Kanahus Manuel (Secwepemc), Tiny House Warriors
Heather Milton-Lightening (Pasqua First Nation)
Jessi Parfait (United Houma Nation)
Deborah Parker (Tulalip Tribes), Indigenous Women Rise
Pennie Opal Plant, Co-founder of Movement Rights
LaVae HE Red Horse (Lakota Cheyenne River Sioux Tribe)
Cleo Reece (Cree) grandmother, Keepers of the Athabasca Watershed Society
Faith Spotted Eagle (Tunkan Inajin Win), Brave Heart Society
Monique Verdin (United Houma Nation), Another Gulf is Possible
Kandi White (Mandan, Hidatsa, Arikara), Indigenous Environmental Network
Chief Judy Wilson (Neskonlith Indian Band), Executive Member of Union of B.C. Indian Chiefs and
TaŠina Sapa Win (Itazipčo & Mnicojou Lakota), Cheyenne River Grassroots Collective
Jennifer Wylie Brass (undocumented Muscogee Creek, Cherokee, Choctaw), Idle No More SF Bay,
Indigenous Women of the Americas Defending Mother Earth Treaty
Isabella Zizi (Northern Cheyenne Arikara Muskogee creek), Idle No More SF Bay, Indigenous Women
of the America Defending Mother Earth Treaty
The following 158 organizations have signed on in support of the signatories:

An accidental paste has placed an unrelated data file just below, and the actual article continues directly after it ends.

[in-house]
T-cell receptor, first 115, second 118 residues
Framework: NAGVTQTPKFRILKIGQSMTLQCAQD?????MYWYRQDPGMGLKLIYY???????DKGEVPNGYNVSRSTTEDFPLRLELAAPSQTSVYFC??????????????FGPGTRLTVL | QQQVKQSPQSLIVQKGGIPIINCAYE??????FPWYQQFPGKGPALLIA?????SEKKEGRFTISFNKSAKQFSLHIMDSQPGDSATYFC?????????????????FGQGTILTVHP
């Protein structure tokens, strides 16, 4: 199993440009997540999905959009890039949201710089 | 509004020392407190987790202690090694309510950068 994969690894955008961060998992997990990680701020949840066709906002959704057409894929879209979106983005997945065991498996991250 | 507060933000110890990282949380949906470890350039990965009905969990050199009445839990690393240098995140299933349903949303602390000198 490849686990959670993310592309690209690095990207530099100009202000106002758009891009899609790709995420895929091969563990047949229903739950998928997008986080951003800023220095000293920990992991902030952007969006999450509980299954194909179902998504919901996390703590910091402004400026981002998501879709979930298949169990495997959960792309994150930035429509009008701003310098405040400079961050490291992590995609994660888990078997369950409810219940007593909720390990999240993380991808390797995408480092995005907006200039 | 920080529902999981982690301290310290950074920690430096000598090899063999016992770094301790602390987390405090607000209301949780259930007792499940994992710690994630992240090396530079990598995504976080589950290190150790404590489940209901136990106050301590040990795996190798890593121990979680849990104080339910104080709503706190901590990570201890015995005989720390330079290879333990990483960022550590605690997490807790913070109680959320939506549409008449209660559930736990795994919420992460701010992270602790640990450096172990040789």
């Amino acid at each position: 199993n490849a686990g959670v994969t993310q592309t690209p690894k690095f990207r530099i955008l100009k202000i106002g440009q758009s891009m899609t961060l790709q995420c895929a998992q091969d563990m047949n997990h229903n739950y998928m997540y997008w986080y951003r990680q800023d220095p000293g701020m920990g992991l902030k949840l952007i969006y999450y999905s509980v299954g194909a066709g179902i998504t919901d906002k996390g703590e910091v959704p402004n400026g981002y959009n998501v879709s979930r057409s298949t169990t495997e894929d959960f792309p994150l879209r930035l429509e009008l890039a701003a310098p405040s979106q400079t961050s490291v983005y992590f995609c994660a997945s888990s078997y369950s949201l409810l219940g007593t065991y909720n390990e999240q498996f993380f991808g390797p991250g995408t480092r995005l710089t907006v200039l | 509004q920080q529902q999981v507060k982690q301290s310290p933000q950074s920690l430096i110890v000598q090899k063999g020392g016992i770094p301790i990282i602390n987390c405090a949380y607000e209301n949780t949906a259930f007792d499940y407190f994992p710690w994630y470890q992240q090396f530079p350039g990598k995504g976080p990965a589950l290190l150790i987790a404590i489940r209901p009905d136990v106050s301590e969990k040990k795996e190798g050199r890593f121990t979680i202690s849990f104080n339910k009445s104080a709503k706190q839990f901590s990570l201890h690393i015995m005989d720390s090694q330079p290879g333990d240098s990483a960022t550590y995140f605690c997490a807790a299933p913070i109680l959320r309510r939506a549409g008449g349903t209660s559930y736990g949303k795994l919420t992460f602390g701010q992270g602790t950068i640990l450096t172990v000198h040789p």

Agricultural Missions, Inc.
Alliance for Environmental Strategies
Alliance of Nurses for Healthy Environments
American Sustainable Business Council
Another Gulf Is Possible Collaborative
Arizona Interfaith Power & Light
Aytzim: Ecological Judaism
Ben & Jerry’s Homemade, Inc
Beyond Extreme Energy
C4 | Christians Concerned About Climate Change
Call to Action CO
Catholic Network US
Center for Biological Diversity
Center for International Environmental Law
Citizens Awareness Network
Citizens Resistance at Fermi Two (CRAFT)
Clean Energy Action – Colorado
Climate Action Rhode Island-350
Climate Finance Action
Climate Hawks Vote
Climate Justice Edmonton
Concerned Citizens for Nuclear Safety
Dayenu: A Jewish Call to Climate Action
DNC Environment and Climate Crisis Council
Don’t Waste Arizona
Earth Ethics, Inc.
Earth Ministry/Washington Interfaith Power & Light
Ecological Options Network, EON
Extinction Rebellion New Orleans